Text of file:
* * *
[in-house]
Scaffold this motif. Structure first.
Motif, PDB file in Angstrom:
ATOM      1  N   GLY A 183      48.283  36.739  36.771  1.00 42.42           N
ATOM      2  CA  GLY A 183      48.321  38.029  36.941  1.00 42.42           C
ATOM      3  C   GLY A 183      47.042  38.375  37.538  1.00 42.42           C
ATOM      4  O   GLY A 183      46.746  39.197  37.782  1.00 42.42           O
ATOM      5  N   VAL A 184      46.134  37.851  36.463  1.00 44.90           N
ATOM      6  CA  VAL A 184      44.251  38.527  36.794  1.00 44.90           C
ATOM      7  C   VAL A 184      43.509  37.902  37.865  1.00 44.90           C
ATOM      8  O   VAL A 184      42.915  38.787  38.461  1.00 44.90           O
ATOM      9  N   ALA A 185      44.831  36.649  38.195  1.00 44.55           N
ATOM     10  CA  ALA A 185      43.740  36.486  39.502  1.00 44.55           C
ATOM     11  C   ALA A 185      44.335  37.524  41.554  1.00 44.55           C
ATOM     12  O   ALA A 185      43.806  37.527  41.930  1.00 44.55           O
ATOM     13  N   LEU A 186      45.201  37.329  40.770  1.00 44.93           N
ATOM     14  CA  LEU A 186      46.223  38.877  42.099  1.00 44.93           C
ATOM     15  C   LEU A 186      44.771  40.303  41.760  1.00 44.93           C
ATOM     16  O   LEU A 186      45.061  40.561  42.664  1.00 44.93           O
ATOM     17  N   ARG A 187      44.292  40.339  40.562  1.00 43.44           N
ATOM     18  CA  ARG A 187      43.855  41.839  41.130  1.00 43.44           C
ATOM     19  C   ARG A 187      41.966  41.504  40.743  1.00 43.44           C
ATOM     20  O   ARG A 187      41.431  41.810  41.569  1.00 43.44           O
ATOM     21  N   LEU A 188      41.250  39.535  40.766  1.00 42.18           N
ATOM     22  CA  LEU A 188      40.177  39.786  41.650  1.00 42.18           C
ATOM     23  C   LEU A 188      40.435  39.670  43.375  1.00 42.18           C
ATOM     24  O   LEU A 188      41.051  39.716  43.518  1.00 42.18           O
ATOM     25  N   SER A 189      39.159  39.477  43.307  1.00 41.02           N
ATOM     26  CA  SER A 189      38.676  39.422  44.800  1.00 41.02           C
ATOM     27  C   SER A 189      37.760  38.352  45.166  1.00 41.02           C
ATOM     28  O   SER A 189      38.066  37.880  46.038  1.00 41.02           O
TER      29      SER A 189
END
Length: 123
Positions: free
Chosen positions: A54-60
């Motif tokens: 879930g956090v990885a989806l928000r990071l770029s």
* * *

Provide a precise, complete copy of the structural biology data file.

[in-house]
Scaffold this motif. Structure first.
Motif, PDB file in Angstrom:
ATOM      1  N   GLY A 183      48.283  36.739  36.771  1.00 42.42           N
ATOM      2  CA  GLY A 183      48.321  38.029  36.941  1.00 42.42           C
ATOM      3  C   GLY A 183      47.042  38.375  37.538  1.00 42.42           C
ATOM      4  O   GLY A 183      46.746  39.197  37.782  1.00 42.42           O
ATOM      5  N   VAL A 184      46.134  37.851  36.463  1.00 44.90           N
ATOM      6  CA  VAL A 184      44.251  38.527  36.794  1.00 44.90           C
ATOM      7  C   VAL A 184      43.509  37.902  37.865  1.00 44.90           C
ATOM      8  O   VAL A 184      42.915  38.787  38.461  1.00 44.90           O
ATOM      9  N   ALA A 185      44.831  36.649  38.195  1.00 44.55           N
ATOM     10  CA  ALA A 185      43.740  36.486  39.502  1.00 44.55           C
ATOM     11  C   ALA A 185      44.335  37.524  41.554  1.00 44.55           C
ATOM     12  O   ALA A 185      43.806  37.527  41.930  1.00 44.55           O
ATOM     13  N   LEU A 186      45.201  37.329  40.770  1.00 44.93           N
ATOM     14  CA  LEU A 186      46.223  38.877  42.099  1.00 44.93           C
ATOM     15  C   LEU A 186      44.771  40.303  41.760  1.00 44.93           C
ATOM     16  O   LEU A 186      45.061  40.561  42.664  1.00 44.93           O
ATOM     17  N   ARG A 187      44.292  40.339  40.562  1.00 43.44           N
ATOM     18  CA  ARG A 187      43.855  41.839  41.130  1.00 43.44           C
ATOM     19  C   ARG A 187      41.966  41.504  40.743  1.00 43.44           C
ATOM     20  O   ARG A 187      41.431  41.810  41.569  1.00 43.44           O
ATOM     21  N   LEU A 188      41.250  39.535  40.766  1.00 42.18           N
ATOM     22  CA  LEU A 188      40.177  39.786  41.650  1.00 42.18           C
ATOM     23  C   LEU A 188      40.435  39.670  43.375  1.00 42.18           C
ATOM     24  O   LEU A 188      41.051  39.716  43.518  1.00 42.18           O
ATOM     25  N   SER A 189      39.159  39.477  43.307  1.00 41.02           N
ATOM     26  CA  SER A 189      38.676  39.422  44.800  1.00 41.02           C
ATOM     27  C   SER A 189      37.760  38.352  45.166  1.00 41.02           C
ATOM     28  O   SER A 189      38.066  37.880  46.038  1.00 41.02           O
TER      29      SER A 189
END
Length: 123
Positions: free
Chosen positions: A54-60
């Motif tokens: 879930g956090v990885a989806l928000r990071l770029s």